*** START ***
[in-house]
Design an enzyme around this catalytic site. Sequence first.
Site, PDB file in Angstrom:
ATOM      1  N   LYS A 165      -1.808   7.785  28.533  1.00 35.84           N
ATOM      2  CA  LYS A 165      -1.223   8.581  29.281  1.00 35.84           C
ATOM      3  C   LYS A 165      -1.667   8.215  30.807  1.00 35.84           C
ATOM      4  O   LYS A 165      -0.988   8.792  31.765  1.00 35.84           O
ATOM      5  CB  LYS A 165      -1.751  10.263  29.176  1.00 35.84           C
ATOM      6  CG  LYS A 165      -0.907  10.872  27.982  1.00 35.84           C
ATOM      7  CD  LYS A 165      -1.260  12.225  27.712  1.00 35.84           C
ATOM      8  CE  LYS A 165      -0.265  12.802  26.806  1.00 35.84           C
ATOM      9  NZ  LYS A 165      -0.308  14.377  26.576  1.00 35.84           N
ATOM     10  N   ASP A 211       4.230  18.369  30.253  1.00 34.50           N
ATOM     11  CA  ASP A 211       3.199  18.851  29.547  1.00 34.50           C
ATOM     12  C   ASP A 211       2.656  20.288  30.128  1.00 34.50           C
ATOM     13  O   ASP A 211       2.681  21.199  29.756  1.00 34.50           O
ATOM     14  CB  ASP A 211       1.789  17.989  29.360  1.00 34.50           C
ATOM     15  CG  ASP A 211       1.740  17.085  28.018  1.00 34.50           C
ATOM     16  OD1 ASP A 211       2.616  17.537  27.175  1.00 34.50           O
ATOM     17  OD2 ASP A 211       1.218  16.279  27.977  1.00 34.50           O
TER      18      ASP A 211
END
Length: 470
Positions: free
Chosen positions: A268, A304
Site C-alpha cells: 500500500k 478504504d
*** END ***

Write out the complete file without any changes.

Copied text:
[in-house]
Design an enzyme around this catalytic site. Sequence first.
Site, PDB file in Angstrom:
ATOM      1  N   LYS A 165      -1.808   7.785  28.533  1.00 35.84           N
ATOM      2  CA  LYS A 165      -1.223   8.581  29.281  1.00 35.84           C
ATOM      3  C   LYS A 165      -1.667   8.215  30.807  1.00 35.84           C
ATOM      4  O   LYS A 165      -0.988   8.792  31.765  1.00 35.84           O
ATOM      5  CB  LYS A 165      -1.751  10.263  29.176  1.00 35.84           C
ATOM      6  CG  LYS A 165      -0.907  10.872  27.982  1.00 35.84           C
ATOM      7  CD  LYS A 165      -1.260  12.225  27.712  1.00 35.84           C
ATOM      8  CE  LYS A 165      -0.265  12.802  26.806  1.00 35.84           C
ATOM      9  NZ  LYS A 165      -0.308  14.377  26.576  1.00 35.84           N
ATOM     10  N   ASP A 211       4.230  18.369  30.253  1.00 34.50           N
ATOM     11  CA  ASP A 211       3.199  18.851  29.547  1.00 34.50           C
ATOM     12  C   ASP A 211       2.656  20.288  30.128  1.00 34.50           C
ATOM     13  O   ASP A 211       2.681  21.199  29.756  1.00 34.50           O
ATOM     14  CB  ASP A 211       1.789  17.989  29.360  1.00 34.50           C
ATOM     15  CG  ASP A 211       1.740  17.085  28.018  1.00 34.50           C
ATOM     16  OD1 ASP A 211       2.616  17.537  27.175  1.00 34.50           O
ATOM     17  OD2 ASP A 211       1.218  16.279  27.977  1.00 34.50           O
TER      18      ASP A 211
END
Length: 470
Positions: free
Chosen positions: A268, A304
Site C-alpha cells: 500500500k 478504504d